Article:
Did losing Anthopoulos cost Jays shot at re-signing Price, too?

While we will never know the answer, we do know Toronto's former GM would have at least offered the new Red Sox ace a contract

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The price may have been wrong for the Blue Jays when it came to re-signing David Price, but had the front office remained intact in Toronto, could the club at least stood a better shot at keeping the newest Red Sox pitcher?

Denny Medley / USA Today Sports

Would the Toronto Blue Jays have signed David Price if Alex Anthopoulos were still making the team’s baseball decisions?

We can’t say it’s terribly likely, because it’s difficult to imagine the Jays matching Boston’s winning bid of $217 million over seven years.

But this much is known: Toronto would have offered Price a contract.

Sources say Anthopoulos began laying the groundwork to do so in August, before Mark Shapiro was named the team’s new president and CEO. Price, sources say, had genuine interest in returning to Toronto.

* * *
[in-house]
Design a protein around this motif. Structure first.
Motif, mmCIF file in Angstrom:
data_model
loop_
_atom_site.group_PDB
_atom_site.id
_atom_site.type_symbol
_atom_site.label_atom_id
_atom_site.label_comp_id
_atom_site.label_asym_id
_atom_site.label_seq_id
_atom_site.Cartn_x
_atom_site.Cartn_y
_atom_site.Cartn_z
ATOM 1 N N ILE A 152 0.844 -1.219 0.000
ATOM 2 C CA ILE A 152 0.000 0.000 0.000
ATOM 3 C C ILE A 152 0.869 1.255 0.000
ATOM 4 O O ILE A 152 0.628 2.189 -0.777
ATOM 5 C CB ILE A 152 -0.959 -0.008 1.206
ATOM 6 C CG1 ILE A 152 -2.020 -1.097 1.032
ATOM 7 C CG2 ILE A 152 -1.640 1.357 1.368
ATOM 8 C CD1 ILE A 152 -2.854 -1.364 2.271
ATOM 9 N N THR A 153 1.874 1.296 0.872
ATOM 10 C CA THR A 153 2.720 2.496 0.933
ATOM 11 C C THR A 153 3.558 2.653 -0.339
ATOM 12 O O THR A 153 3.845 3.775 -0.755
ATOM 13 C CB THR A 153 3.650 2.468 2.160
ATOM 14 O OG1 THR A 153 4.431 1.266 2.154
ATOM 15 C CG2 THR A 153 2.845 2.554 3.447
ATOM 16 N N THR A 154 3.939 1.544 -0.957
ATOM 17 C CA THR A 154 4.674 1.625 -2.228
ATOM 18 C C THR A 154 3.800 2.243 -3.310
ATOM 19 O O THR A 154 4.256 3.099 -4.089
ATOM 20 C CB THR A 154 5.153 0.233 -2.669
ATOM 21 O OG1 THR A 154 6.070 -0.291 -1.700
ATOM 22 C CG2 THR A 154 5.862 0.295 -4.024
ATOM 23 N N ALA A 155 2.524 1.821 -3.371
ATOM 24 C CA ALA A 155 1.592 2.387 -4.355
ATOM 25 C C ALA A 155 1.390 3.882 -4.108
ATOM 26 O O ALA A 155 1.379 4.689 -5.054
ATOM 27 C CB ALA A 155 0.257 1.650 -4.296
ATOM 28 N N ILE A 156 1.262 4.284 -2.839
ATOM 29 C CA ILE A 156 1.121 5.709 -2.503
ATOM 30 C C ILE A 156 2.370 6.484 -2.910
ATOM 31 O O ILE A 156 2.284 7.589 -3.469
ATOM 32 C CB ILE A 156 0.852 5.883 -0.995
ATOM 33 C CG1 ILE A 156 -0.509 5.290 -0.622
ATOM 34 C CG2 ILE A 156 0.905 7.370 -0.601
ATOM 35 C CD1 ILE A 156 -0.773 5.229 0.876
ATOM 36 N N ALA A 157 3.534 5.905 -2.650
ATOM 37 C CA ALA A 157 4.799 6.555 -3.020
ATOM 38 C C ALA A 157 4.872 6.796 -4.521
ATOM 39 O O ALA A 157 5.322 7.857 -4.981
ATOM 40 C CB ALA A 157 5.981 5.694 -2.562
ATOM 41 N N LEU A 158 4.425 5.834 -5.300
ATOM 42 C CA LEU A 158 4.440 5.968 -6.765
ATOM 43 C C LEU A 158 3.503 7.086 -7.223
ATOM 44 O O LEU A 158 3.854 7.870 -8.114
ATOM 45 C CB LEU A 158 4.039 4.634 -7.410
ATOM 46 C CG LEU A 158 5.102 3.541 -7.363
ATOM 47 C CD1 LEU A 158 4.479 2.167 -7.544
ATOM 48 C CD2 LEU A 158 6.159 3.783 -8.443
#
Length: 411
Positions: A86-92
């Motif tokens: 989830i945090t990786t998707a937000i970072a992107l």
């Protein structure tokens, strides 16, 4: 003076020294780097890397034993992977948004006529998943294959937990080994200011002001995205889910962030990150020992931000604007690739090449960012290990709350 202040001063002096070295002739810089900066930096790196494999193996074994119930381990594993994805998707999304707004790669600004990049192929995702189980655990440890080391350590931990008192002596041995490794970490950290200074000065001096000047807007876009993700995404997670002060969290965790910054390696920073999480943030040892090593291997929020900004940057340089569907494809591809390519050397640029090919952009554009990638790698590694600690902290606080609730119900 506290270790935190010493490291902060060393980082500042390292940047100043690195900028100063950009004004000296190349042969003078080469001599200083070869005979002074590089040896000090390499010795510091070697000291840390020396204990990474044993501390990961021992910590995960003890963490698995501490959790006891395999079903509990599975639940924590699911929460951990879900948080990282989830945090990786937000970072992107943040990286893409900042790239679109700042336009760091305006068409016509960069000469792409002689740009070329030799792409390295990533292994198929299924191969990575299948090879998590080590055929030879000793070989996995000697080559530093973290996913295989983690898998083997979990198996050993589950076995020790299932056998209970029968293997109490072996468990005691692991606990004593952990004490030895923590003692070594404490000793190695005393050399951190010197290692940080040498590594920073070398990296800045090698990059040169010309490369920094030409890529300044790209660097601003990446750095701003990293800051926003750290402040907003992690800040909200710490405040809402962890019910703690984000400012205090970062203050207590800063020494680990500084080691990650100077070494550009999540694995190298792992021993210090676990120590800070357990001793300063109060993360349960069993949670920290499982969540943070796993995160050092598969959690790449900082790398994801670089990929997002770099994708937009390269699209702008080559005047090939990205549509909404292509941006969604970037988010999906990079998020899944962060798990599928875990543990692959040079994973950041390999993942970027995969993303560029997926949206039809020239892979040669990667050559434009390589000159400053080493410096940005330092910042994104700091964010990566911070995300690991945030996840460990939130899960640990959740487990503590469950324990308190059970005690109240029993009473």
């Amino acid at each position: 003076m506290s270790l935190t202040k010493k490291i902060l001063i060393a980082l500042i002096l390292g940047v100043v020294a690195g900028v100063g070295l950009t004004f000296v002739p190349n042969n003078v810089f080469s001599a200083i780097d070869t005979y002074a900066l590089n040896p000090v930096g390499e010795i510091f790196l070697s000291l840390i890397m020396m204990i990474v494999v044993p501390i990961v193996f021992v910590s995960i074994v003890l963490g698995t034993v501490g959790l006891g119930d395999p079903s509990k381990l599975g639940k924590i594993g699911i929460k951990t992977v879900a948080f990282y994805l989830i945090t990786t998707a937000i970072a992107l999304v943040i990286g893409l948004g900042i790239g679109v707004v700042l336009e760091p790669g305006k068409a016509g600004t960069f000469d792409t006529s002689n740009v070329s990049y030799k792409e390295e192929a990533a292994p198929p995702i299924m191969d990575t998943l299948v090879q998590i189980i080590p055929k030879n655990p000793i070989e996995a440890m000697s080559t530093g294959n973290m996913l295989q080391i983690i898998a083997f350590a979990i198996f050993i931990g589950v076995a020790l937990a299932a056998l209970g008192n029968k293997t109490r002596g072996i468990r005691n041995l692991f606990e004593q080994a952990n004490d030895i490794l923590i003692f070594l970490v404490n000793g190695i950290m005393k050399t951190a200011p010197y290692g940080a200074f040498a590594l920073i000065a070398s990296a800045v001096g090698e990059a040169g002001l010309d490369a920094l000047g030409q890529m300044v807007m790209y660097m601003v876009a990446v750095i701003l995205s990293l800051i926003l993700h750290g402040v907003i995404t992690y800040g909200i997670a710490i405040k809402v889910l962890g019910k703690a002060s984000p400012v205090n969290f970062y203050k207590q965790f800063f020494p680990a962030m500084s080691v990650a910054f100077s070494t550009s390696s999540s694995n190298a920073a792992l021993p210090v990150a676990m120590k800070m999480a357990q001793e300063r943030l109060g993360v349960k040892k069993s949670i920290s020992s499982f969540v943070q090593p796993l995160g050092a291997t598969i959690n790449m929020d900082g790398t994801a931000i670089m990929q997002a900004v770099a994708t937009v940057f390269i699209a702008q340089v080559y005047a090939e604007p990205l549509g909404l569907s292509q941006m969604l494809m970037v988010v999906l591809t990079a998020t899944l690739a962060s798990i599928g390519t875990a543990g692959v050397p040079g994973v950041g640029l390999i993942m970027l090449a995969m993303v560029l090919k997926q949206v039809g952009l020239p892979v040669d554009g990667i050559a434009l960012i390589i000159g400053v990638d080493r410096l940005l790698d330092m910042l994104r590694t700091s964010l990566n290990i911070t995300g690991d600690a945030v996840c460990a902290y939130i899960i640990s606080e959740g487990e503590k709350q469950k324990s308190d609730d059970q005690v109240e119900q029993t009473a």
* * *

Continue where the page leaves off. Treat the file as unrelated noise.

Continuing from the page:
Ultimately, Anthopoulos rejected a five-year offer to remain the team’s general manager once it became clear he would no longer have the decision-making authority he enjoyed under former club president Paul Beeston.

Subsequently, Shapiro opted not to offer Price a contract. Shapiro determined that the team’s rotation dollars should be distributed among multiple starters (Marco Estrada, J.A. Happ and Jesse Chavez) rather than a single ace. Price’s average annual value of $31 million is roughly equivalent to what Estrada, Happ and Chavez will earn in 2016.

Could the Blue Jays have afforded Price? Yes, in theory, they could have. But the Jays chose quantity over quality — and there’s an argument to be made that they were wise in doing so. Toronto ended the season with little rotation depth in the upper minor leagues, and Shapiro wanted to spread the health and performance risk among multiple starters.

It could take several years to determine whether Shapiro made the correct calculation, but we know already that Anthopoulos would have taken a different approach with the former Cy Young Award winner.

When Blue Jays fans get their first look at Price in a Red Sox uniform — likely in April, during their first home series of the upcoming season — they’d be wise to applaud rather than boo. Price helped deliver the city’s first postseason appearance in more than two decades, and it’s difficult to blame a man for rejecting a contract offer that never happened.

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